I’m a high school dropout who attended Sheridan College for visual arts & photography, apprenticed as a millwright and then finally went back to school to get honours degrees from the University of Guelph in English & philosophy. Since the age of twelve I’ve been coding and building computers and after university I became a qualified information technologist. Combining technology with my interests in mechanics, visual arts and writing has been a lifelong pursuit.
Prior to teaching I apprenticed as a millwright and worked for a number of years as an IT technician. I lived in Akita, Japan for two years teaching English and working primarily on translating technical presentations for doctors and engineers. Upon returning to Ontario in 2002 I became a certified teacher (OCT477065) and have taught in Peel and Upper Grand district school boards.
I currently teach computer technology at CWDHS in Fergus where I’ve been developing a program that recently won tops in Ontario Skills Canada competition for IT & networking, has medalled in coding, electronics and GIS. We’ve also been multiple national finalists in the CyberTitan National Student Cybersecurity Competition. My computer engineering students have been building virtual reality systems for our school board since 2016 while the digital artists and coders in our software engineering/game development program have been developing and publishing leading edge games for those VR systems and more since 2015. We’re very good at harnessing emerging technologies and are always on the lookout for the next technology breakthrough.
I started riding motorcycles in 2013 and combine this passion with my expertise as a visual artist, technologist and writer whenever I can. Riding a motorbike is one of the most complex and visceral machine interactions I’ve experienced. I’ve spent much of my life nurturing a deep sympathy with machinery, it lies at the core of my technical expertise and has played a constant role in my career. Motorcycling offers me an almost anime-mecha like connected experience with machinery that verges on the sublime.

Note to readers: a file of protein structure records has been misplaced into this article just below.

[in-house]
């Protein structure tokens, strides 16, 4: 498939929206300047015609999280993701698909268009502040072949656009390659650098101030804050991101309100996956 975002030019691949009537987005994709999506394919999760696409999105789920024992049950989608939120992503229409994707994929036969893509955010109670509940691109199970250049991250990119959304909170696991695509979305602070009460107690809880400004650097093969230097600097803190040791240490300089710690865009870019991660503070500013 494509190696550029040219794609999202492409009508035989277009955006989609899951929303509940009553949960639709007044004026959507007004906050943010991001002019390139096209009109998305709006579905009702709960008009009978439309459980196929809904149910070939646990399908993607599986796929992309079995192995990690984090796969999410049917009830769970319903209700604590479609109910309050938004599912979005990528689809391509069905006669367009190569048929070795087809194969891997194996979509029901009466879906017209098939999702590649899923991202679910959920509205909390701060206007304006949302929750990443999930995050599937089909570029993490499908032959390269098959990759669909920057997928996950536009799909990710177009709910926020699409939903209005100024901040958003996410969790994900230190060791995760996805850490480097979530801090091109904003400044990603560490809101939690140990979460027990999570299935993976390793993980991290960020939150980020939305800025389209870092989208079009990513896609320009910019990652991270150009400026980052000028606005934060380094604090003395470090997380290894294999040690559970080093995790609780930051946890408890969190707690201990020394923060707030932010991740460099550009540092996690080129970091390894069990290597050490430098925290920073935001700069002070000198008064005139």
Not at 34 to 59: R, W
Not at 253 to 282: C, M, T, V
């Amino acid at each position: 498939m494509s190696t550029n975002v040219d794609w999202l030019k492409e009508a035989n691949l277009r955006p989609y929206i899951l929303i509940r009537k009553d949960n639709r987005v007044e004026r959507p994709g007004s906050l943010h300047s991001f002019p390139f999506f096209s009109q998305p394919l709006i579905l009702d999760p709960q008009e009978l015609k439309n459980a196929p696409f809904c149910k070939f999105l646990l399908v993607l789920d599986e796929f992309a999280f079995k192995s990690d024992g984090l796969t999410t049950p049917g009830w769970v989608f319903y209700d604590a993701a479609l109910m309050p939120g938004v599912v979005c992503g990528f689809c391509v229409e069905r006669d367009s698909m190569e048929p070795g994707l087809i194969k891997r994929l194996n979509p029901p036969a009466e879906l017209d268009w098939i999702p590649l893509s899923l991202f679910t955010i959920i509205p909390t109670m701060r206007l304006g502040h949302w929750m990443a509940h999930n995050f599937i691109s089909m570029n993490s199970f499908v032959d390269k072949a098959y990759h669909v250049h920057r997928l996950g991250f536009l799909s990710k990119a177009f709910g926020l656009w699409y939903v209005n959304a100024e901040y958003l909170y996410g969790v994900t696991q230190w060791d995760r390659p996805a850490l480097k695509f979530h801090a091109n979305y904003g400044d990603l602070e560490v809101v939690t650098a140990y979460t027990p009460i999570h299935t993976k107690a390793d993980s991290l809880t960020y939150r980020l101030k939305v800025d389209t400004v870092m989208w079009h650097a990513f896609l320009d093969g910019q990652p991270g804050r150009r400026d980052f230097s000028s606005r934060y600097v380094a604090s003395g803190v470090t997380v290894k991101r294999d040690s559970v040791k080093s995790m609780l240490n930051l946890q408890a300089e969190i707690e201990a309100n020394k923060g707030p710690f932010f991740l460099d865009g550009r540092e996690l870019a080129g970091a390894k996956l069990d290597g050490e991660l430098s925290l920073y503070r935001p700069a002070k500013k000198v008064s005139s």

I’ve come to realize that I don’t think like most people. My ASD tendencies make me chronically shy and I find how people network by excluding others (usually for their own benefit) to be both baffling and inhumane. My own son’s ASD diagnosis has shed light on my own undiagnosed autistic experience. I’ve developed social tools to try and deal with having to work with people but it seldom comes naturally. A good day is one where I haven’t said a word by noon and I can get lost in creative/technical work (I make no distinction). Machines never lie and always want to work with you.
I never thought I’d become a teacher and yet here I am. Teaching can be very satisfying but it never comes easily to me and I find it emotionally exhausting. Being out on the motorbike offers the perfect antidote to the socially demanding and often irrational education industry by giving me space and technical complexity in a mentally & physically demanding activity.